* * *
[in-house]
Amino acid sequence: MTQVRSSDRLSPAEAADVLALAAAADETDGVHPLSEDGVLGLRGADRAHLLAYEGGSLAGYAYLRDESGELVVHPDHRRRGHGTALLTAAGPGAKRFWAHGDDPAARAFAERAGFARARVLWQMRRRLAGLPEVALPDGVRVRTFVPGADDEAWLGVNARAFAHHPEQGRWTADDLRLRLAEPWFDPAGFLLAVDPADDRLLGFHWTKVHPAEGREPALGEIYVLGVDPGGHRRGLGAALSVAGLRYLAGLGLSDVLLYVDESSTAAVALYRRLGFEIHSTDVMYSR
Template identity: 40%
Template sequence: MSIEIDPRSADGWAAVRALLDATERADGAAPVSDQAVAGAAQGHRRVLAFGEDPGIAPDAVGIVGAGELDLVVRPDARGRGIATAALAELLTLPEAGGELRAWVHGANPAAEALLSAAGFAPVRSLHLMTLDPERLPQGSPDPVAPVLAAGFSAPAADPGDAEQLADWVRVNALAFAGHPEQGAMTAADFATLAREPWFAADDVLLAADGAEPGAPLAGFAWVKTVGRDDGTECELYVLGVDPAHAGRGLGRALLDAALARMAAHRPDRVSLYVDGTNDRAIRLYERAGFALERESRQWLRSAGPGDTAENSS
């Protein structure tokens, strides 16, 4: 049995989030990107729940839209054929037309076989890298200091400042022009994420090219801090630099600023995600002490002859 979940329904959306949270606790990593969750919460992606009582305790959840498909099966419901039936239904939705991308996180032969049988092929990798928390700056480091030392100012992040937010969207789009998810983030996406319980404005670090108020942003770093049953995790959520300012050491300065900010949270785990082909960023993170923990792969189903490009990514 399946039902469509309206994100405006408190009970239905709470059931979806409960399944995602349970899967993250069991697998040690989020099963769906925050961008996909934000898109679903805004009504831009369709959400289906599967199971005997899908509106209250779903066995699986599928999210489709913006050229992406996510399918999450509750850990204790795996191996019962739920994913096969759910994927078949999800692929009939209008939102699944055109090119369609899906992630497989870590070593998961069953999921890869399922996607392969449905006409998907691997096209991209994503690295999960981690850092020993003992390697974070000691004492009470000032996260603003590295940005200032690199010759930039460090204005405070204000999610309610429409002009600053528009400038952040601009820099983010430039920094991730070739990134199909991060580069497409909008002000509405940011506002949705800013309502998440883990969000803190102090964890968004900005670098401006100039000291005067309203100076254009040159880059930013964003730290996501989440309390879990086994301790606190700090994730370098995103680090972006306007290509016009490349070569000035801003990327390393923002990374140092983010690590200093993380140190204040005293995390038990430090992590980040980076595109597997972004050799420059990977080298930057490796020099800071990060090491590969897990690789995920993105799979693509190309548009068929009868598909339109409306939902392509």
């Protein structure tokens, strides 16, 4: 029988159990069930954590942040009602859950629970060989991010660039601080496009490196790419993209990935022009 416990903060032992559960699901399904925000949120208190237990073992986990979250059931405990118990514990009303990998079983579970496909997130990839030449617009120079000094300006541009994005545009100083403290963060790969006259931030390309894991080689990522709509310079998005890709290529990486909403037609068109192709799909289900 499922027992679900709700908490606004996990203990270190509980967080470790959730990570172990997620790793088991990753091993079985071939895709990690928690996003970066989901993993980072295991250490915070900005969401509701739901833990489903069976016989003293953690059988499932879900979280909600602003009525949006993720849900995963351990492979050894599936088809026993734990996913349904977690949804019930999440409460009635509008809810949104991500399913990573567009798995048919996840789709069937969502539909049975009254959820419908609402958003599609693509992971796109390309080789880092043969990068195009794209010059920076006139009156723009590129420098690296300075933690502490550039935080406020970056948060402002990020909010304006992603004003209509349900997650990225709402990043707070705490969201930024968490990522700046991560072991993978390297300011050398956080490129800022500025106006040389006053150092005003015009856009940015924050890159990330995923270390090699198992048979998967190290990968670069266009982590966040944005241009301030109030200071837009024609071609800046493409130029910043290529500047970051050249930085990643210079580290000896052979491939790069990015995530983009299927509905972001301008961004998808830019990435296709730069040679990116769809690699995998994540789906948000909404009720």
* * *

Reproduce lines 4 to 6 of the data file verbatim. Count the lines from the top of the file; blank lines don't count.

Template sequence: MSIEIDPRSADGWAAVRALLDATERADGAAPVSDQAVAGAAQGHRRVLAFGEDPGIAPDAVGIVGAGELDLVVRPDARGRGIATAALAELLTLPEAGGELRAWVHGANPAAEALLSAAGFAPVRSLHLMTLDPERLPQGSPDPVAPVLAAGFSAPAADPGDAEQLADWVRVNALAFAGHPEQGAMTAADFATLAREPWFAADDVLLAADGAEPGAPLAGFAWVKTVGRDDGTECELYVLGVDPAHAGRGLGRALLDAALARMAAHRPDRVSLYVDGTNDRAIRLYERAGFALERESRQWLRSAGPGDTAENSS
């Protein structure tokens, strides 16, 4: 049995989030990107729940839209054929037309076989890298200091400042022009994420090219801090630099600023995600002490002859 979940329904959306949270606790990593969750919460992606009582305790959840498909099966419901039936239904939705991308996180032969049988092929990798928390700056480091030392100012992040937010969207789009998810983030996406319980404005670090108020942003770093049953995790959520300012050491300065900010949270785990082909960023993170923990792969189903490009990514 399946039902469509309206994100405006408190009970239905709470059931979806409960399944995602349970899967993250069991697998040690989020099963769906925050961008996909934000898109679903805004009504831009369709959400289906599967199971005997899908509106209250779903066995699986599928999210489709913006050229992406996510399918999450509750850990204790795996191996019962739920994913096969759910994927078949999800692929009939209008939102699944055109090119369609899906992630497989870590070593998961069953999921890869399922996607392969449905006409998907691997096209991209994503690295999960981690850092020993003992390697974070000691004492009470000032996260603003590295940005200032690199010759930039460090204005405070204000999610309610429409002009600053528009400038952040601009820099983010430039920094991730070739990134199909991060580069497409909008002000509405940011506002949705800013309502998440883990969000803190102090964890968004900005670098401006100039000291005067309203100076254009040159880059930013964003730290996501989440309390879990086994301790606190700090994730370098995103680090972006306007290509016009490349070569000035801003990327390393923002990374140092983010690590200093993380140190204040005293995390038990430090992590980040980076595109597997972004050799420059990977080298930057490796020099800071990060090491590969897990690789995920993105799979693509190309548009068929009868598909339109409306939902392509």
């Protein structure tokens, strides 16, 4: 029988159990069930954590942040009602859950629970060989991010660039601080496009490196790419993209990935022009 416990903060032992559960699901399904925000949120208190237990073992986990979250059931405990118990514990009303990998079983579970496909997130990839030449617009120079000094300006541009994005545009100083403290963060790969006259931030390309894991080689990522709509310079998005890709290529990486909403037609068109192709799909289900 499922027992679900709700908490606004996990203990270190509980967080470790959730990570172990997620790793088991990753091993079985071939895709990690928690996003970066989901993993980072295991250490915070900005969401509701739901833990489903069976016989003293953690059988499932879900979280909600602003009525949006993720849900995963351990492979050894599936088809026993734990996913349904977690949804019930999440409460009635509008809810949104991500399913990573567009798995048919996840789709069937969502539909049975009254959820419908609402958003599609693509992971796109390309080789880092043969990068195009794209010059920076006139009156723009590129420098690296300075933690502490550039935080406020970056948060402002990020909010304006992603004003209509349900997650990225709402990043707070705490969201930024968490990522700046991560072991993978390297300011050398956080490129800022500025106006040389006053150092005003015009856009940015924050890159990330995923270390090699198992048979998967190290990968670069266009982590966040944005241009301030109030200071837009024609071609800046493409130029910043290529500047970051050249930085990643210079580290000896052979491939790069990015995530983009299927509905972001301008961004998808830019990435296709730069040679990116769809690699995998994540789906948000909404009720």